California Democratic state lawmakers have also set their sights on limiting social media misinformation, though they have opted for bills intended to force social media companies to be more transparent regarding misinformation policies.
California Assemblyman Ed Chau introduced a bill, AB 35, in December 2020 that would require social media platforms to disclose their policy and mechanisms for reducing misinformation and their plans for addressing manipulative or deceptive practices.
“The proliferation of misinformation can have a severe impact on the psychological and emotional well-being of Californians, which makes access to accurate information all the more important,” Chau said, adding that social media platforms have “become an avenue for those interested in spreading misinformation, including acts of fraud.”
Though the legislation is currently stalled in committee, another California bill, AB 587, introduced several months later seeks additional transparency compliance from online platforms.
This legislation, sponsored by eight Democrats and one Republican and introduced in March 2021, would require social media platforms to “file semi-annual reports” disclosing their policies on hate speech, misinformation, extremism and other issues, as well as their plans to combat this objectionable content. The bill would also force companies to disclose data and metrics on the aforementioned content every quarter.
“Californians are becoming increasingly alarmed about the role of social media in promoting hate, disinformation, conspiracy theories, and extreme political polarization,” Assemblymember Jesse Gabriel said, announcing the bill. “It’s long past time for these companies to provide real transparency into their content moderation practices.”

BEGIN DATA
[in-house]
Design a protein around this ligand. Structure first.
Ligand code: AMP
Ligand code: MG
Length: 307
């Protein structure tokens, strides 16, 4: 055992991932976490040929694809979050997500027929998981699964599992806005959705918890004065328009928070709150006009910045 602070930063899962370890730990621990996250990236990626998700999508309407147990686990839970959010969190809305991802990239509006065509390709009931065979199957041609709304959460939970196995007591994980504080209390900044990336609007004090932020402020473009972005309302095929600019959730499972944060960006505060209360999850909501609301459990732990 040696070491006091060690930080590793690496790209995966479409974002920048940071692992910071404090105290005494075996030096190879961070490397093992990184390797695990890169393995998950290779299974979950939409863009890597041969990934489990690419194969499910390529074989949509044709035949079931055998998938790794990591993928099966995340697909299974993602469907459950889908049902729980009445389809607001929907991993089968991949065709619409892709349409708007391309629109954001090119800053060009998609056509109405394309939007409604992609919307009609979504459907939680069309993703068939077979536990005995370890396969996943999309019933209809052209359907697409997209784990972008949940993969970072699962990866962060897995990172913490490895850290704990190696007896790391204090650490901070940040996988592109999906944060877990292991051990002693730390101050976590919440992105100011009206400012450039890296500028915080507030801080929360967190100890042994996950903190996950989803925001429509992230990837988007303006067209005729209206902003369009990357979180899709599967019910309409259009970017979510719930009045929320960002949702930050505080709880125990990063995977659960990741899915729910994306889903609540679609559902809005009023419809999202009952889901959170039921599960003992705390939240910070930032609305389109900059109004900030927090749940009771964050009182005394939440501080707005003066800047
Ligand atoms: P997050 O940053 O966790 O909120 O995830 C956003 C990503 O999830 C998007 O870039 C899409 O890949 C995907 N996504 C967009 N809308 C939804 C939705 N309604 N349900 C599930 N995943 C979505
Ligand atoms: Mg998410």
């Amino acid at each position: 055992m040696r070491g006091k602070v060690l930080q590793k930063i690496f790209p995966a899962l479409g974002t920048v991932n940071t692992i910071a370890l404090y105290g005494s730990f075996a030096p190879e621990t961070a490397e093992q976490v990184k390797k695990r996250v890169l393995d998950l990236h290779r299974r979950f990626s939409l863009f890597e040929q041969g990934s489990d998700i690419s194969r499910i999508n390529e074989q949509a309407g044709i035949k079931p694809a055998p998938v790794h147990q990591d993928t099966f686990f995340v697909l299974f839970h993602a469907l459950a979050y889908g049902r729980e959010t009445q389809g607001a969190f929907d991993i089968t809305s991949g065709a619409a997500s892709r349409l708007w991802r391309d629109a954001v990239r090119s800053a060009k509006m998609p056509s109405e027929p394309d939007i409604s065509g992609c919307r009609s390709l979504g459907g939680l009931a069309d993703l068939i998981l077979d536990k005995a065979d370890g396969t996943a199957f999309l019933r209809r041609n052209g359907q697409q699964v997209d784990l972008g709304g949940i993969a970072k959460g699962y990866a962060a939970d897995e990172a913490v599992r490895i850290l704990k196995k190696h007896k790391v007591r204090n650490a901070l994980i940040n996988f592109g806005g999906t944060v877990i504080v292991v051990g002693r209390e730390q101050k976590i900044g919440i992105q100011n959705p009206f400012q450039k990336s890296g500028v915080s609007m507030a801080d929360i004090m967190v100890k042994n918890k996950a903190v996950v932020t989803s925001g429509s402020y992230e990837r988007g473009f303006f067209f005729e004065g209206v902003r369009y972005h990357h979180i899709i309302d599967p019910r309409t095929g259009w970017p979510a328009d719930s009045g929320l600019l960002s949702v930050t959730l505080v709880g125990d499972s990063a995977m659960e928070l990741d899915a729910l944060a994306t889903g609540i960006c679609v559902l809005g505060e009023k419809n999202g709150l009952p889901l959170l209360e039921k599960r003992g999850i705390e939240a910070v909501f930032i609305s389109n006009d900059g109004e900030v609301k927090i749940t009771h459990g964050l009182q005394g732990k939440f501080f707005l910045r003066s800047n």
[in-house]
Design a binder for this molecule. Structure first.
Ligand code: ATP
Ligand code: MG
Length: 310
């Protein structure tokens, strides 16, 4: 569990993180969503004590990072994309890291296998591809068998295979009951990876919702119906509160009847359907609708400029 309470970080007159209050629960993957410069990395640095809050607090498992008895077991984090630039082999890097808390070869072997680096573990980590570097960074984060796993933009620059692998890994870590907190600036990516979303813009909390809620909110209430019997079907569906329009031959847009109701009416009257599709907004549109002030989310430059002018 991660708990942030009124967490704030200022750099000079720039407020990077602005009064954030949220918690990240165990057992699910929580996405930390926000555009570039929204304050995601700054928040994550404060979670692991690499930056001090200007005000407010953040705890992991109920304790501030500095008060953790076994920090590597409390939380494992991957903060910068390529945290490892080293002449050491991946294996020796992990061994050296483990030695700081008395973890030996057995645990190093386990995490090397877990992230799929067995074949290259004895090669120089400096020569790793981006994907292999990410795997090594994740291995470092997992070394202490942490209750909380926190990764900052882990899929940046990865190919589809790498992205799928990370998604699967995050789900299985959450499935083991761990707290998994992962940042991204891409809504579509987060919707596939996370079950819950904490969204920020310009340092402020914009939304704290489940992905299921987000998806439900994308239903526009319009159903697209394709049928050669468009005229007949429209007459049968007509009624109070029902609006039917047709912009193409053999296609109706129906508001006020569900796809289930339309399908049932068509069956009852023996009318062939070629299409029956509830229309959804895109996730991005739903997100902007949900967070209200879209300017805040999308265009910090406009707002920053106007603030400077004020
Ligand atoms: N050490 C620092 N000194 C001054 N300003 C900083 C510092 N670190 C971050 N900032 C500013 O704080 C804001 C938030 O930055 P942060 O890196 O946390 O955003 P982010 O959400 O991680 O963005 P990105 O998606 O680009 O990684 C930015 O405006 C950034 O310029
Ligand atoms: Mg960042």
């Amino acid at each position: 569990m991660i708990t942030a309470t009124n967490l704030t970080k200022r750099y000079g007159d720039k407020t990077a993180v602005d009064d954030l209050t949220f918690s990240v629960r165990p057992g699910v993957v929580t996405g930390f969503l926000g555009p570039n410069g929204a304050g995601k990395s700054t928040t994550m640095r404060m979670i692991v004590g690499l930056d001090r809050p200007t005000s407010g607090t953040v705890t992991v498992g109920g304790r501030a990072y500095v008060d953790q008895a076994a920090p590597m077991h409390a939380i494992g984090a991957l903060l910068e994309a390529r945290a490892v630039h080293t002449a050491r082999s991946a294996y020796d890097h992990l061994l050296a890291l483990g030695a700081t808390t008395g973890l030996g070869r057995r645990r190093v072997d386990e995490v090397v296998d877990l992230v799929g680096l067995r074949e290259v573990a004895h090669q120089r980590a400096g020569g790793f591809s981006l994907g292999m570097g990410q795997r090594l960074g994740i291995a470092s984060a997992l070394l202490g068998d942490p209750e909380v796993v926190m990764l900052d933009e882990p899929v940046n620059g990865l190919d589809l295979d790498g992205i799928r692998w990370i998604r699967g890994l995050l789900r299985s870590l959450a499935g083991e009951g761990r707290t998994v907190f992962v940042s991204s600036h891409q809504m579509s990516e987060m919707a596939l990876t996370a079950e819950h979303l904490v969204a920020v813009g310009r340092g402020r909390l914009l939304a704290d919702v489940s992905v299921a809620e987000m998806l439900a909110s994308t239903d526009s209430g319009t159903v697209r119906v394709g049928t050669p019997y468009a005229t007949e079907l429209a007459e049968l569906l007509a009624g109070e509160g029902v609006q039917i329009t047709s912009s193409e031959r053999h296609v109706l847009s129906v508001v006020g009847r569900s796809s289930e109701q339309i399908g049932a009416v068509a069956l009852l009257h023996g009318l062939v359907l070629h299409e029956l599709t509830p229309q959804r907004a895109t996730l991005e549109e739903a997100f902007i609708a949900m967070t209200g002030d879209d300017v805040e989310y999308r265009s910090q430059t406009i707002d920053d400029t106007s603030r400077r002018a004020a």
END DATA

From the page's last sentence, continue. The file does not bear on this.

The bill attracted support from several advocacy organizations, including the Anti-Defamation League, whose CEO, Jonathan Greenblatt, said the legislation would “move us closer to holding social media companies accountable for the hate and harassment they allow on their platforms.”
Democrats’ state-level efforts to combat alleged misinformation mirror the party’s efforts in Congress, where Democratic members have introduced legislation targeting social media companies over the content for which they provide a platform.
Democratic Sens. Amy Klobuchar of Minnesota and Ben Ray Lujan of New Mexico unveiled a bill in July which would remove Section 230 liability protections from social media platforms that promote “health misinformation,” as defined by the Department of Health and Human Services (HHS). This would enable private citizens to sue tech companies if they are recommended this content.
Top Democrats on the House Energy and Commerce Committee introduced legislation in October which would remove Section 230 immunity from platforms that recommend “personalized” content contributing to “physical or severe emotional injury” of a user, thereby enabling individuals to sue if they are harmed by promoted content.
The lawmakers said the bill would help curb the spread of “disinformation” and “extremism.”